We Will Make It Through It
September 21, 2017
By: David Dick, HRMC President & CEO
I read an article in the Plainsman earlier this summer describing our dry conditions with the headline, “Drought in High Plains the worst some farmers have ever seen.” Travelling across the state, I’ve witnessed the signs, including some very distressed corn along the way. These drought conditions combined with recent years of lower prices makes me worry that many of our generational family farms could be devastated. The article ended with a quote from a farmer in southwestern South Dakota who was experiencing extreme drought: “We’ll make it through … we’re a resilient bunch.”
How resilient are we? I can’t think of anything more important than resiliency during hard times. I marveled at my own grandparents who made it through the dirty 30s in western South Dakota, raising three kids and keeping their small farm. Their resilient attitude had a favorable impact upon my life. I especially enjoyed their sense of humor – they somehow always found something to laugh about without ever laughing off their personal accountability.
As I write this column, I am concerned about Obama Care – repeal or replace. Who knows what will happen there? What I do know is that what matters the most is the resiliency of rural citizens and our community to continue to work together. Because, as we stick together, we can focus our creativity on
new ideas which will increase our capacity – not diminish it.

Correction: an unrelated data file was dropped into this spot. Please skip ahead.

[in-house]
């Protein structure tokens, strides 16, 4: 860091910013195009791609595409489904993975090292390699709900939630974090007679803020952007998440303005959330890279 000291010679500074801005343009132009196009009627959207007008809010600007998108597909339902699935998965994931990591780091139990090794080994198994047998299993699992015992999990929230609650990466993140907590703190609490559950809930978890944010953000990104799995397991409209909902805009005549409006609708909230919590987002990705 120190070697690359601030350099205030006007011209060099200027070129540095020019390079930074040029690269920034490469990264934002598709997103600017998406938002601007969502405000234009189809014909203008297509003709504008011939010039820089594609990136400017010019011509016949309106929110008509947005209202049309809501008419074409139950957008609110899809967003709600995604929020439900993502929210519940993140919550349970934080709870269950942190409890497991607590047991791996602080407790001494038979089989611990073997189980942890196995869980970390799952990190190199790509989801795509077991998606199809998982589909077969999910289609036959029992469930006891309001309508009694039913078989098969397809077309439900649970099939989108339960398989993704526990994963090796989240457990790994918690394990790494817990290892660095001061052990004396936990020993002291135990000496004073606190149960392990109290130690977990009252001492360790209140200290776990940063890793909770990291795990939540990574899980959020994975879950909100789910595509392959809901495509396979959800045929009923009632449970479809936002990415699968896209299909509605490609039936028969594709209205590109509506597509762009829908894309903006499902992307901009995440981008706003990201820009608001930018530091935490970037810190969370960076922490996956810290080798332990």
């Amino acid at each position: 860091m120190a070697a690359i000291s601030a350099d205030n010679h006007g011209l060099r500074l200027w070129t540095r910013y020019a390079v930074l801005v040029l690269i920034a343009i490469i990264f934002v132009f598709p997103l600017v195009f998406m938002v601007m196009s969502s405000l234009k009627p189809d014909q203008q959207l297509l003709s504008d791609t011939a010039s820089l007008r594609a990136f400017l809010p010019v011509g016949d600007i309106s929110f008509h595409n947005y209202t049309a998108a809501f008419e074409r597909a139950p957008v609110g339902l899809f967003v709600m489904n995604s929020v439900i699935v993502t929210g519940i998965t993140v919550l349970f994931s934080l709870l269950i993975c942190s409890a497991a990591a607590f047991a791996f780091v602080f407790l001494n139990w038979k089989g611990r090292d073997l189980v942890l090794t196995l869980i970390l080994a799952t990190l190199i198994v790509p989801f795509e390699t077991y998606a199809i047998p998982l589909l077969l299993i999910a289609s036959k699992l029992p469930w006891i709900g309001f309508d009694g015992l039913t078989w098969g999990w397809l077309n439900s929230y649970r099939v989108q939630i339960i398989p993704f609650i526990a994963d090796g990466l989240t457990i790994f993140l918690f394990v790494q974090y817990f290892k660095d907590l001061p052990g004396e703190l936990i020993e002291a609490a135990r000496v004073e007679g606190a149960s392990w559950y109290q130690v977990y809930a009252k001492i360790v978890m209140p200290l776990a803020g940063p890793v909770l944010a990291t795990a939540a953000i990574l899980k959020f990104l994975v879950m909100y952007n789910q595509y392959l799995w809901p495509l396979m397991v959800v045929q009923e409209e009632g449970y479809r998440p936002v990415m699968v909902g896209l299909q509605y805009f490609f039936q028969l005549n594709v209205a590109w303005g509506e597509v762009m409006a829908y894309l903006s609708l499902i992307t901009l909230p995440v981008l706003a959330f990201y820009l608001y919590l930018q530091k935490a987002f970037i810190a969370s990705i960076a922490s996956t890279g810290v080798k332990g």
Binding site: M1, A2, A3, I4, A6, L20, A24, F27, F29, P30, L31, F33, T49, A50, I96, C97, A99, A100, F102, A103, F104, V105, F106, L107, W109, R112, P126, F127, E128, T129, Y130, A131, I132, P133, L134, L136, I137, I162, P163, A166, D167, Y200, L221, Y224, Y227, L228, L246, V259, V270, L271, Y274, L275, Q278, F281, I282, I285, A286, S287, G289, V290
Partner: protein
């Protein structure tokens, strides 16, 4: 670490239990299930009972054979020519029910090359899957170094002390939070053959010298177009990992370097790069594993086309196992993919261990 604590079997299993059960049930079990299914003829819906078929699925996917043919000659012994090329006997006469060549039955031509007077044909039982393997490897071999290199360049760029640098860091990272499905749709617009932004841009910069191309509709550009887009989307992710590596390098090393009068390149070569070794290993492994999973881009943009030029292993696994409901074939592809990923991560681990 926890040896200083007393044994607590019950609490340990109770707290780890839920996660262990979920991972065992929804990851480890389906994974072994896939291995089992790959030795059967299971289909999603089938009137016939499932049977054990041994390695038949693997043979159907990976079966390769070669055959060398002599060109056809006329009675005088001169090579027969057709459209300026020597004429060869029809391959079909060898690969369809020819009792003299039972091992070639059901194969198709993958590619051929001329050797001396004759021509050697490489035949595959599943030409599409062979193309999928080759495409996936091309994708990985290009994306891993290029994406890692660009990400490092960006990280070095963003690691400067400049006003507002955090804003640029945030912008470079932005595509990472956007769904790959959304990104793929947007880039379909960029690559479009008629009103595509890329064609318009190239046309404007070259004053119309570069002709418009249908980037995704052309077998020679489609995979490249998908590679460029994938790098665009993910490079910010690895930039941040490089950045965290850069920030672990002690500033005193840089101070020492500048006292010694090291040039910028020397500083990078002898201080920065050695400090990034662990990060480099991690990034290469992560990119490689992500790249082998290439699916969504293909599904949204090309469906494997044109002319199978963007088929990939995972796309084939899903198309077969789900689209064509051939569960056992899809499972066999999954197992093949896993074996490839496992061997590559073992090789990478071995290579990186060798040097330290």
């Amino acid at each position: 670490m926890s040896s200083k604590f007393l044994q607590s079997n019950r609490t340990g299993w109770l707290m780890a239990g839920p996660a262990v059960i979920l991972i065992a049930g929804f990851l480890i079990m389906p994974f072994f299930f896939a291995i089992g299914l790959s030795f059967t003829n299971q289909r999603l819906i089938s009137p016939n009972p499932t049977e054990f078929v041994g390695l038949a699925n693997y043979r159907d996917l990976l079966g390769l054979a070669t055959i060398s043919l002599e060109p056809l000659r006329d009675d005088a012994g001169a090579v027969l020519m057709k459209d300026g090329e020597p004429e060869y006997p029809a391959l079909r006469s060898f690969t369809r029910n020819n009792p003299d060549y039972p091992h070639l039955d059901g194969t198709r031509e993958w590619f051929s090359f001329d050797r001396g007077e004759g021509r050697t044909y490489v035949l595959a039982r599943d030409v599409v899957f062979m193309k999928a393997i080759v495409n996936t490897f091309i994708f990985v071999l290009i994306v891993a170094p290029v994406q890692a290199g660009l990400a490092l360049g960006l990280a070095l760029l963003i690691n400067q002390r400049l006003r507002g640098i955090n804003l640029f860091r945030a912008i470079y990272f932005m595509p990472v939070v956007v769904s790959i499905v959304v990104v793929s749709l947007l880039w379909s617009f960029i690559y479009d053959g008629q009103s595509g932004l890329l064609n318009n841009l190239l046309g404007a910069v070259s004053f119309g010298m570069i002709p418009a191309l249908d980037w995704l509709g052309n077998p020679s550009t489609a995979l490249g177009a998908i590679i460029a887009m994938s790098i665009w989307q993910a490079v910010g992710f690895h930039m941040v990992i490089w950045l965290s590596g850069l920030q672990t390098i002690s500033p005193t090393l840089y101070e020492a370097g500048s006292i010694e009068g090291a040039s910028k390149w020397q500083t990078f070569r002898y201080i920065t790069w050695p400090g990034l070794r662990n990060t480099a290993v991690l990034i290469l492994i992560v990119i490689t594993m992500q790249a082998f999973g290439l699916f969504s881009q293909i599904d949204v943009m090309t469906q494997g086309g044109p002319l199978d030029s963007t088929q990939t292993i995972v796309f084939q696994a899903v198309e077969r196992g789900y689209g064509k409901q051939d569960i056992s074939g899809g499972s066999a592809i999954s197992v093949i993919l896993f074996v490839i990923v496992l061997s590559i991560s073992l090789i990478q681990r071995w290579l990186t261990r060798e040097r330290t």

Capacity is very important to a rural health care system. And, in my opinion, it is what sets HRMC apart from other similar-sized rural facilities. We have been resilient in our capacity to intervene locally.
What do I mean by intervene? Intervention, to me, means having the capacity to perform procedures and provide services which require a high knowledge base with skilled experience. One example of this is our ability to assist a patient with breathing utilizing a ventilator. To accomplish this, our medical staff must have the skill, ability and experience to intubate, we must employ certified and licensed respiratory therapists and maintain very expensive ventilators which are immediately available to intervene and support a patient who cannot breathe without help. Another example is our trauma designation, which ensures properly trained staff, equipment and procedures are in place to receive accident, cardiac arrest and emergency surgery patients.
These are just a couple of many, many examples of roles your local hospital serves to build upon our community’s ultimate goal of being a resilient rural center. I hope that none of us experience hard times. Yet, one of the major benefits of a local rural hospital remains its resiliency to respond in hard times. I remain ever grateful to the men and women who work so hard to gain in knowledge and skills so that, when asked, we can be of service. Like the farmer said, “We’ll make it through … we’re a resilient bunch.”
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